Video

Video Premiere: Comptalo's Very Absurdist, Very Arizona 'Stop Calling Me'

Jarrod Compton is Comptalo.
Jarrod Compton is Comptalo. Kandi Bee


Jarrod Compton turns 30 today, and he's celebrating by releasing the video for "Stop Calling Me," by his solo project Comptalo (it's pronounced CAHMP-tah-low).

The song, a hip-hop track with retro flourishes, is the title track and second single off Comptalo's forthcoming album, which will be released later this year. Compton got a lot of positive feedback about it, and he wanted the video to be as exciting as the song. "I wanted to work with someone new because I felt like I was ready for the next level, so I needed to have the visuals to match it," Compton says.

So he approached director Daniel Miller with a basic concept: a bunch of angry musicians chasing him around with their instruments.


The result is a comical, high-energy piece of surrealism that takes place on the streets of downtown Phoenix and in a dried-out lake bed near Kingman, where in May, Miller and Compton brought a small cast including musicians Jayme Fox (who plays bass on the album) and Kirk Karman to film for a few hours.


Danny Torgersen of Captain Squeegee lends his talent both to the song's trumpet solo and the video, in which he plays the ringleader of the angry mob of musicians.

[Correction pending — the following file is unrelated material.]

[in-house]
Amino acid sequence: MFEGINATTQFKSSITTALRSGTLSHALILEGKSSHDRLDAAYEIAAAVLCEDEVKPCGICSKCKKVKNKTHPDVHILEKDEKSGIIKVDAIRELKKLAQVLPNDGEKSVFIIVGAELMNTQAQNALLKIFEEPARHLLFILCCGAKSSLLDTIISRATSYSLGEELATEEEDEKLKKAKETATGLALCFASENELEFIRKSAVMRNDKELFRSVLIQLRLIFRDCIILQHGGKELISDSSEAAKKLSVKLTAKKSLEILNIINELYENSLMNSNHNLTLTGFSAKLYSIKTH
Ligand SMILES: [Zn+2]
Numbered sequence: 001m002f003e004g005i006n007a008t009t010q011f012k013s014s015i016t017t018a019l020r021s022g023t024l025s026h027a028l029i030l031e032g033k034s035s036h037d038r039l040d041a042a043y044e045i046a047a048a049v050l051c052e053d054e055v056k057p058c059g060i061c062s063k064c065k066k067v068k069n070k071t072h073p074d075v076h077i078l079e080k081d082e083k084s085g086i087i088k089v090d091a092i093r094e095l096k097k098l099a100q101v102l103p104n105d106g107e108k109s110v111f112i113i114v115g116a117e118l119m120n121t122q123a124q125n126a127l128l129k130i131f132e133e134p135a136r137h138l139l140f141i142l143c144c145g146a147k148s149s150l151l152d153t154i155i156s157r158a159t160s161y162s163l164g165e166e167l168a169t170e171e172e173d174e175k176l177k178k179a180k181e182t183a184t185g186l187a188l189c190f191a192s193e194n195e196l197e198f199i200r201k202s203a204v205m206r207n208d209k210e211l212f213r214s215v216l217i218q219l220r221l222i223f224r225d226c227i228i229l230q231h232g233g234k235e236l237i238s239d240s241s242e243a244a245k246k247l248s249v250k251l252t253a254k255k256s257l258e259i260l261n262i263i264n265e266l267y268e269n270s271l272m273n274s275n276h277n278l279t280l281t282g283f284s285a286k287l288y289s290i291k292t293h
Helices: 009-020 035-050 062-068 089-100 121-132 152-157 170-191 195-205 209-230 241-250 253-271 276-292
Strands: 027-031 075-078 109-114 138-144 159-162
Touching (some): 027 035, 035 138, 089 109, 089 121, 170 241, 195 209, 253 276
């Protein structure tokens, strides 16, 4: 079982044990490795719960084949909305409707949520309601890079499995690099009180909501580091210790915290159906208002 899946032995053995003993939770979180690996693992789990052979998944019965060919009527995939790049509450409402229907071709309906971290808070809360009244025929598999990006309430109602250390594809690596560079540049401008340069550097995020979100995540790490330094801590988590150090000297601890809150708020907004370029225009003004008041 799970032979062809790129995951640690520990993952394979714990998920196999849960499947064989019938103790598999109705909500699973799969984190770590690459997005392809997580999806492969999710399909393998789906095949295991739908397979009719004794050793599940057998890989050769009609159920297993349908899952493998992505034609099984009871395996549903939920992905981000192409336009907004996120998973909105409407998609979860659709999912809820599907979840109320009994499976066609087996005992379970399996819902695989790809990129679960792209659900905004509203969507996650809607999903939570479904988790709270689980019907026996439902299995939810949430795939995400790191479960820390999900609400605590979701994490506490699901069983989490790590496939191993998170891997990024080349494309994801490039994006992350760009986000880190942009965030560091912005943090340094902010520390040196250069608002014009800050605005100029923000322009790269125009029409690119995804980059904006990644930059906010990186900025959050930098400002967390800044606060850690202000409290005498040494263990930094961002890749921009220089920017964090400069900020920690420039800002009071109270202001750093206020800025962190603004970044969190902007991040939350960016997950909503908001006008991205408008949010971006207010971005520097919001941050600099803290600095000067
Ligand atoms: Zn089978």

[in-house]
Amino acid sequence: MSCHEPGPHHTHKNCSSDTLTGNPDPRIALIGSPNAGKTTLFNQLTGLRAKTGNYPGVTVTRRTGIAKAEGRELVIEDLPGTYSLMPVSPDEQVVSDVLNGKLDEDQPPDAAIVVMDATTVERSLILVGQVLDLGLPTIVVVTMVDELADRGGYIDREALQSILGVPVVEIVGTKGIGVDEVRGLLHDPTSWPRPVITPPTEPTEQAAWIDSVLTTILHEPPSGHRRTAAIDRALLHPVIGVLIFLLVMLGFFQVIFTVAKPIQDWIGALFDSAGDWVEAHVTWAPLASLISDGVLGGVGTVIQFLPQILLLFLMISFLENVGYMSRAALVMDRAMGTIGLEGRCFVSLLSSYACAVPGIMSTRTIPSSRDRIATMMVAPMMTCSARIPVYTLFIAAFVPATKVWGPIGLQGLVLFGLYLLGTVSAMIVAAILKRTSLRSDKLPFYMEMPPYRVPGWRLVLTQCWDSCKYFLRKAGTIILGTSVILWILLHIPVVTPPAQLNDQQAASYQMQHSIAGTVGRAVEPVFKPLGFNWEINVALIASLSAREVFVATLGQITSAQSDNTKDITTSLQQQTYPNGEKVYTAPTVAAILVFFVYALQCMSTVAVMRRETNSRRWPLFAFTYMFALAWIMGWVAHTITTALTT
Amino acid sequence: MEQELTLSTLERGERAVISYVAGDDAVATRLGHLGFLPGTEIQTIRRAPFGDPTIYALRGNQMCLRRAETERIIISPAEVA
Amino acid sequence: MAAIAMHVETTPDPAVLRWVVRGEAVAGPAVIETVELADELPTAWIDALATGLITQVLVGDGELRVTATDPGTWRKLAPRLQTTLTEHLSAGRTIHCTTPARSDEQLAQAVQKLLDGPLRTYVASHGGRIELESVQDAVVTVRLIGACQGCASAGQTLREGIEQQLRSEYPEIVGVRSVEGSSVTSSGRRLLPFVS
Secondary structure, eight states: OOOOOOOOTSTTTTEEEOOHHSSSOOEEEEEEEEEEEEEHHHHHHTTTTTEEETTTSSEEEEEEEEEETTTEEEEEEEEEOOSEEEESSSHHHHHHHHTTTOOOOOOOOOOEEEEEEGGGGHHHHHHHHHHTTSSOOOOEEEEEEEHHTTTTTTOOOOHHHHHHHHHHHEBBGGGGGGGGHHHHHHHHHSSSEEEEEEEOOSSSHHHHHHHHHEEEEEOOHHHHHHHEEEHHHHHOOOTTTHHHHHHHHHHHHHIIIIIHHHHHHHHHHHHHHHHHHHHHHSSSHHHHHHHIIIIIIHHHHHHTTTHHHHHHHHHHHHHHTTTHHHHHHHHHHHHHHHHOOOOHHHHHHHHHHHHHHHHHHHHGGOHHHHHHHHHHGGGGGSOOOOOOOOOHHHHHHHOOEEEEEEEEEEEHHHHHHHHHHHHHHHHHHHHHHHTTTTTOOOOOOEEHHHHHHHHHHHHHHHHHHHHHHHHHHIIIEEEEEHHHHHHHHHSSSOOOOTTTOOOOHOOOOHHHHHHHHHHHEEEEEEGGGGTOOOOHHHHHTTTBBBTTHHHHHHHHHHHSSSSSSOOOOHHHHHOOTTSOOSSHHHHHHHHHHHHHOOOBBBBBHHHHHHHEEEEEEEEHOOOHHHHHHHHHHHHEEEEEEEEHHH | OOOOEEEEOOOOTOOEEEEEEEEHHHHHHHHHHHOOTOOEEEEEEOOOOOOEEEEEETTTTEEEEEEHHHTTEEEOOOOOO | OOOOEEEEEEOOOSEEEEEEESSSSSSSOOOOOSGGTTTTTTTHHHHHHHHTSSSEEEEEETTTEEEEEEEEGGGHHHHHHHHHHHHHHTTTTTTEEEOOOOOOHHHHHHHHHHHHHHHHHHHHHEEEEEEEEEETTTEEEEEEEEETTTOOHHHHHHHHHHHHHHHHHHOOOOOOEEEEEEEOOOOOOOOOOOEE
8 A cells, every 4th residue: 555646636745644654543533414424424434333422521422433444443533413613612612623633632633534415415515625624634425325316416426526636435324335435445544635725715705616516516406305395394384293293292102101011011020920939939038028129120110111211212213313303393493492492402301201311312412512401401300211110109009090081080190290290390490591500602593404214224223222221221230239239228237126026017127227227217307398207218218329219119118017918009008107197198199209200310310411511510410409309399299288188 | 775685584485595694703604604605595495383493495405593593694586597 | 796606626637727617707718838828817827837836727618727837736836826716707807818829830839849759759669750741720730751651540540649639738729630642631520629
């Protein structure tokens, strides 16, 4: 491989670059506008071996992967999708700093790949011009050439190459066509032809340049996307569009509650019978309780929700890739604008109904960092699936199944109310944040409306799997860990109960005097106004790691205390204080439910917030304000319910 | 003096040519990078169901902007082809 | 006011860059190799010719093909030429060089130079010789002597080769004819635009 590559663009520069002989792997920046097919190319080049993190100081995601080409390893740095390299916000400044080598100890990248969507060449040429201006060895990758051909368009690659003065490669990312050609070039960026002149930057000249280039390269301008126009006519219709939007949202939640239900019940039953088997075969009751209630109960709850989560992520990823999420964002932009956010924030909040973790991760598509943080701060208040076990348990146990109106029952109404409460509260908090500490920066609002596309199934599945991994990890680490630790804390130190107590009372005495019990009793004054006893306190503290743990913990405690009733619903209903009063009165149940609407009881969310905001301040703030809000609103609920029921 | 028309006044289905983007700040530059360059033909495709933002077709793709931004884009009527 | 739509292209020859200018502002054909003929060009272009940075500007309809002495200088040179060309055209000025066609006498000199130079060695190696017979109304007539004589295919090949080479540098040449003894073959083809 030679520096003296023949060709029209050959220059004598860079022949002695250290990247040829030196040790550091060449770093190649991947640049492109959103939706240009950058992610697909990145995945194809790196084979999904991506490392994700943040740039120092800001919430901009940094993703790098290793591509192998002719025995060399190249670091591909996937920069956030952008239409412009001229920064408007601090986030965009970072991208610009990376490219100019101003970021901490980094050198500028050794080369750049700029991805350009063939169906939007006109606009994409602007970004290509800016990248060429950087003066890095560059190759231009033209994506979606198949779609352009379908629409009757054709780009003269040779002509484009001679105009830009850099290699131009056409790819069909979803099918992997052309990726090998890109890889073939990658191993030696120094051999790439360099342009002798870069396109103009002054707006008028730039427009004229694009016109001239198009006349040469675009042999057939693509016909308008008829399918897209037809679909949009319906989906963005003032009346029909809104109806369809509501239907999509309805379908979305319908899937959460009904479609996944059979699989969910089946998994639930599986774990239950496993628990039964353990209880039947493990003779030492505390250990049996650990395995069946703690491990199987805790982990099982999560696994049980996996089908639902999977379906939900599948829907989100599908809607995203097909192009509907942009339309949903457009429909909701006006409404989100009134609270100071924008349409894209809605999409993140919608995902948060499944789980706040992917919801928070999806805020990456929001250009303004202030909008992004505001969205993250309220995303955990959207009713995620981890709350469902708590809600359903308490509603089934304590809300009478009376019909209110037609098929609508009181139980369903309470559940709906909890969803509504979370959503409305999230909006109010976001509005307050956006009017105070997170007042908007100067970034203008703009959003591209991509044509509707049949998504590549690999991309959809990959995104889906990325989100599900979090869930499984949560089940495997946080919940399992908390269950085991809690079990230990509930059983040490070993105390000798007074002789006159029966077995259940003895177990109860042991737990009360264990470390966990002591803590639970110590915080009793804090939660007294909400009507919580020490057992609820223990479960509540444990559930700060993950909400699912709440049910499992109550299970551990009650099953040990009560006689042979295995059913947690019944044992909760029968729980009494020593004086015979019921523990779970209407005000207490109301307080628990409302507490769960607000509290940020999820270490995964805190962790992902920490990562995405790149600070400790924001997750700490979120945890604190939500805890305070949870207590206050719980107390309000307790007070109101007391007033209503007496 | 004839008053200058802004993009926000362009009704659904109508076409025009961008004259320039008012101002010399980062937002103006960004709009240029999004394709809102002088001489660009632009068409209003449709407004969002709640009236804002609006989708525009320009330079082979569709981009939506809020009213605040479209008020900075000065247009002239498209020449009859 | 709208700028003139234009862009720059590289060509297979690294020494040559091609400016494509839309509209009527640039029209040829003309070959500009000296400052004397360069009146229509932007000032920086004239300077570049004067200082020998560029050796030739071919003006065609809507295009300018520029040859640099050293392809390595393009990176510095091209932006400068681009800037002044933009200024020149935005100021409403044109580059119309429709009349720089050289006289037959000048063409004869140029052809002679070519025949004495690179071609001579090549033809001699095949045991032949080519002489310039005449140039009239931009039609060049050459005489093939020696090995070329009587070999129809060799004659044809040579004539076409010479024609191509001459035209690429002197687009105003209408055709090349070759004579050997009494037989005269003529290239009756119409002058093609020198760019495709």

"It only takes one music video to become friends," Torgersen says. "We drove to the middle of the desert and back and we filmed out there. We had these camera rigs strapped to us  you know, you bond."

The next morning, the shoot moved to downtown Phoenix, where Compton's friends, bandmates, and fellow musicians were ready to run.

"It was guerilla filming for sure, especially the running down the street thing," he says.

Compton is a member of several musical groups, and his Real Fakes bandmate Kevin Michael Prier and Moons, Birds & Monsters bandmates Zackary O'Meara and Elliot Diggs can be spotted in the video.

The end result has "this Adult Swim energy where it looks professional, but at the same time you can tell we’re not taking it too seriously," Torgersen says. "It's absurdity at its finest."

Watch below.


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Jennifer Goldberg is the culture editor and Best of Phoenix editor for Phoenix New Times.